Classics made by World of Warcraft creator Blizzard, such as the Lost Vikings or Warcraft: Orcs and Humans, won’t be coming to the Apple App Store or any other app marketplace any time soon, Blizzard Entertainment CEO Mike Morhaime (pictured left) said at the Blizzcon event in Anaheim, Calif. today.
Classic re-releases on the App store have become a bit of a trend lately. Telltale games re-released updated versions of their early 90s classics, Secret of Monkey Island and its sequel. Sega has also re-released its Sonic and Sonic 2 games, as well as Phantasy Star 2. Activision, the other half of Activision-Blizzard, also hasn’t shied away from releasing their games on App stores as well. Morhaime wouldn’t specify as to why the company didn’t have plans to release their classic titles on the App Store — but then again, it could be a bit unwieldy to manage a hundred soldiers on a smaller screen.
Blizzard wasn’t always known for its Warcraft, Starcraft and Diablo franchises. One of Blizzard’s early games was a puzzle side-scrolling game called The Lost Vikings. It involved taking control of one of three vikings with unique abilities and moving them through obstacles to advance in a dungeon. Blizzard was also responsible for the Super Nintendo title Rock ‘N Roll Racing — quite a far cry from its current offerings.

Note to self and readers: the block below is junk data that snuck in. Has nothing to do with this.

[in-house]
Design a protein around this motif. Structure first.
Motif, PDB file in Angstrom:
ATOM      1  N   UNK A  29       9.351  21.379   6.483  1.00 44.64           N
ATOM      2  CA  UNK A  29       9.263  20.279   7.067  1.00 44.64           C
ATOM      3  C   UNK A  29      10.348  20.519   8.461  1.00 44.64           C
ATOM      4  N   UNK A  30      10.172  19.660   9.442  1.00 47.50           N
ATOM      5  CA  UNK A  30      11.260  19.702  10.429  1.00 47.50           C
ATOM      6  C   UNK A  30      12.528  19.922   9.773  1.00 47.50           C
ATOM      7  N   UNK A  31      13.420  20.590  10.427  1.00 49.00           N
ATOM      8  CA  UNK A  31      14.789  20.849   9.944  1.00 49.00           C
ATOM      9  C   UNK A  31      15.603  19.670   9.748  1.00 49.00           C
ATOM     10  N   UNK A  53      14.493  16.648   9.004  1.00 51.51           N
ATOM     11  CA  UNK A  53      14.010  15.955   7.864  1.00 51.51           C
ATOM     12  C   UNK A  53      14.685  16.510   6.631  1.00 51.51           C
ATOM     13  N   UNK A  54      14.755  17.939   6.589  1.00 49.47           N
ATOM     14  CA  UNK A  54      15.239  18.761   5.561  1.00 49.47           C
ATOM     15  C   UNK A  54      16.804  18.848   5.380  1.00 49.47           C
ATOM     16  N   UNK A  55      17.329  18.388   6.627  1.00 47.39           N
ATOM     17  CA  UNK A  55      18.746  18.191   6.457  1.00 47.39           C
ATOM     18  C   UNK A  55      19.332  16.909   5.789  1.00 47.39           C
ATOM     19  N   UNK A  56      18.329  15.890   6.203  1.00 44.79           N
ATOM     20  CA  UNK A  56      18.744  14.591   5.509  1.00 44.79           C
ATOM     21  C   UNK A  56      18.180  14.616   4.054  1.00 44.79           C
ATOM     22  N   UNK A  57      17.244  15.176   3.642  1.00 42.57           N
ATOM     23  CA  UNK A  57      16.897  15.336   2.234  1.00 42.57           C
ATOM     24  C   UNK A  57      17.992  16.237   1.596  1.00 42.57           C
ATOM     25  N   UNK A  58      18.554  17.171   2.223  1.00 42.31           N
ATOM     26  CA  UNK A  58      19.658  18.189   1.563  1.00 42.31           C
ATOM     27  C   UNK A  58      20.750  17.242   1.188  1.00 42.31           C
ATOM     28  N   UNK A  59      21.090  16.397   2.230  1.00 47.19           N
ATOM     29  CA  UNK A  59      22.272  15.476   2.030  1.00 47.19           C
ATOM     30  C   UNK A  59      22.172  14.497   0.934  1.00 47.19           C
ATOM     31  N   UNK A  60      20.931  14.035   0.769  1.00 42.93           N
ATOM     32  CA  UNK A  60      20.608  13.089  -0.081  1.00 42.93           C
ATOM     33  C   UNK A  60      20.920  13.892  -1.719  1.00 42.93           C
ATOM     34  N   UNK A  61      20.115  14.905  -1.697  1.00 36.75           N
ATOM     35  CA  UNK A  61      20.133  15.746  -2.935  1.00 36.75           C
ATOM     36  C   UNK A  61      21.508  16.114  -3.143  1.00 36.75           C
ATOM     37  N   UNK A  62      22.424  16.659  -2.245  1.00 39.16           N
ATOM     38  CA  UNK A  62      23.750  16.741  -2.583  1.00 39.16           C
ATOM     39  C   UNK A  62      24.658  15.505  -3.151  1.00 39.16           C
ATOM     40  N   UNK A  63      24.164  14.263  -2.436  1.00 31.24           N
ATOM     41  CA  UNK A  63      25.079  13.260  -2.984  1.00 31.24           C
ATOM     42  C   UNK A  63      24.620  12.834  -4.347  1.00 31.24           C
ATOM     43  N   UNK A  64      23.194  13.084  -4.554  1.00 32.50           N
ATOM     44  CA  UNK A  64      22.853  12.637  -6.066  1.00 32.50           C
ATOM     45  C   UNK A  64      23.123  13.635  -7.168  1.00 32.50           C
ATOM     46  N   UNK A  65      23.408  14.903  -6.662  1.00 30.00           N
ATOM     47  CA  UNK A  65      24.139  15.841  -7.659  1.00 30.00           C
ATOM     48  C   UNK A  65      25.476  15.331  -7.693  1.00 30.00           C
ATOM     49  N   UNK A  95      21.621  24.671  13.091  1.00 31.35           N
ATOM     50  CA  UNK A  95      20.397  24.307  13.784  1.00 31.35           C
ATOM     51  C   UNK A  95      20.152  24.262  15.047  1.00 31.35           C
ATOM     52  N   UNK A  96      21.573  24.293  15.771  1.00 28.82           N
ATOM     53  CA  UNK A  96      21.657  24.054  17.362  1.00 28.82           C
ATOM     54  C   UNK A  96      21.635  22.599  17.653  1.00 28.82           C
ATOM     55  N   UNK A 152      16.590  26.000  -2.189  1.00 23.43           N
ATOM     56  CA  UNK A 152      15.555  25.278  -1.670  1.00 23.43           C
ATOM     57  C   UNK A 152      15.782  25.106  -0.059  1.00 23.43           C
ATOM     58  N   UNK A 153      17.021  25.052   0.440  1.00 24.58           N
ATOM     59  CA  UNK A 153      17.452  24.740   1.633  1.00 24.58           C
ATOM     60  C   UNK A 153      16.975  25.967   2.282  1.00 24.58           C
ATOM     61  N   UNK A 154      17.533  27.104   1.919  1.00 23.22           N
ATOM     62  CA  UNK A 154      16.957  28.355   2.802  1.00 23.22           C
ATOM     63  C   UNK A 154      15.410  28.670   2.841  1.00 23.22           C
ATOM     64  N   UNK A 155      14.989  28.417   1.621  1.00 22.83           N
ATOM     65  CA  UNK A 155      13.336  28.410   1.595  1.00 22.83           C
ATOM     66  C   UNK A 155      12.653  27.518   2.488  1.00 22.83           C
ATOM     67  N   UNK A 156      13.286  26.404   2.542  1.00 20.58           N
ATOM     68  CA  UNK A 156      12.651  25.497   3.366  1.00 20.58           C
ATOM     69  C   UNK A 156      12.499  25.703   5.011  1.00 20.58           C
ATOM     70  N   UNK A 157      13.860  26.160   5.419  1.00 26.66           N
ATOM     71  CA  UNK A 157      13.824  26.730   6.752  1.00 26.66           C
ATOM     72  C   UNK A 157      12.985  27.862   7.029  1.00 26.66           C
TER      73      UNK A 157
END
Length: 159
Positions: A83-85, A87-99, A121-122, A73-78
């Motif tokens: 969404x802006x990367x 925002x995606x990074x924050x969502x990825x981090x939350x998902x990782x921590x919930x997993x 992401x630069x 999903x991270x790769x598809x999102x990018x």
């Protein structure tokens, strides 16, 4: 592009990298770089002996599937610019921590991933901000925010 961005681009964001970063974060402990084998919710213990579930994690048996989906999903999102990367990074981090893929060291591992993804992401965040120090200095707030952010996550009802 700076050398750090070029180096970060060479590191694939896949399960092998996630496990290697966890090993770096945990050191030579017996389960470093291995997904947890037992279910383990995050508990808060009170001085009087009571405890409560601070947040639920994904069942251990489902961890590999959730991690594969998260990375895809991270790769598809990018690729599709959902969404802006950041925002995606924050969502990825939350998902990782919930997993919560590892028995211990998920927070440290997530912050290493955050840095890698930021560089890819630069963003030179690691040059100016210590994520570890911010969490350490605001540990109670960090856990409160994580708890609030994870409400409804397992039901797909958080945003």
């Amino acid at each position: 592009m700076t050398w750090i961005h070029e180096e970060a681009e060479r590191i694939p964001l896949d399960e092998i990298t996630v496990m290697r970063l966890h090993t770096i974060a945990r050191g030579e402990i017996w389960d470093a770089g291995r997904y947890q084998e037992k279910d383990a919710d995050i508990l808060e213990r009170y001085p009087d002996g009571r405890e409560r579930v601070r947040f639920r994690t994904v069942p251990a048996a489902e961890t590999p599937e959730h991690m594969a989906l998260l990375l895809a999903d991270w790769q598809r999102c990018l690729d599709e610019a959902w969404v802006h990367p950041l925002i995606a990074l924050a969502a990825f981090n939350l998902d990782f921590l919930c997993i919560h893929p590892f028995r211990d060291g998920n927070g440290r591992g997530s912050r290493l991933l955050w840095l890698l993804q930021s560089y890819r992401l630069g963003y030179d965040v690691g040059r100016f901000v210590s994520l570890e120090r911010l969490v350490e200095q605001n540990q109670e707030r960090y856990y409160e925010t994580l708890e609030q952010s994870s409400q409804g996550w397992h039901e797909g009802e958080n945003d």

Blizzard released the first iteration of its real-time strategy game Warcraft: Orcs and Humans in 1994, a year after releasing Rock ‘N Roll Racing, and launched a franchise that would change the direction of the company almost permanently. Blizzard became synonymous with real-time strategy with the release of Warcraft and, four years later, sci-fi real-time strategy game Starcraft in 1998. Blizzard also released the first version of its dungeon crawling game Diablo in 1997.
Then Blizzard came along and released a little online game called World of Warcraft in 2004 — changing the playing field almost permanently. World of Warcraft has essentially become Blizzard’s cash cow, bringing in $15 per person across 12 million subscribers every month, and that doesn’t even include sales of its new expansions.
Activision merged with Vivendi Games in 2008, bringing about the Activision-Blizzard that is known today. Blizzard was originally known as Silicon and Synapse, before renaming to Blizzard in 1994.
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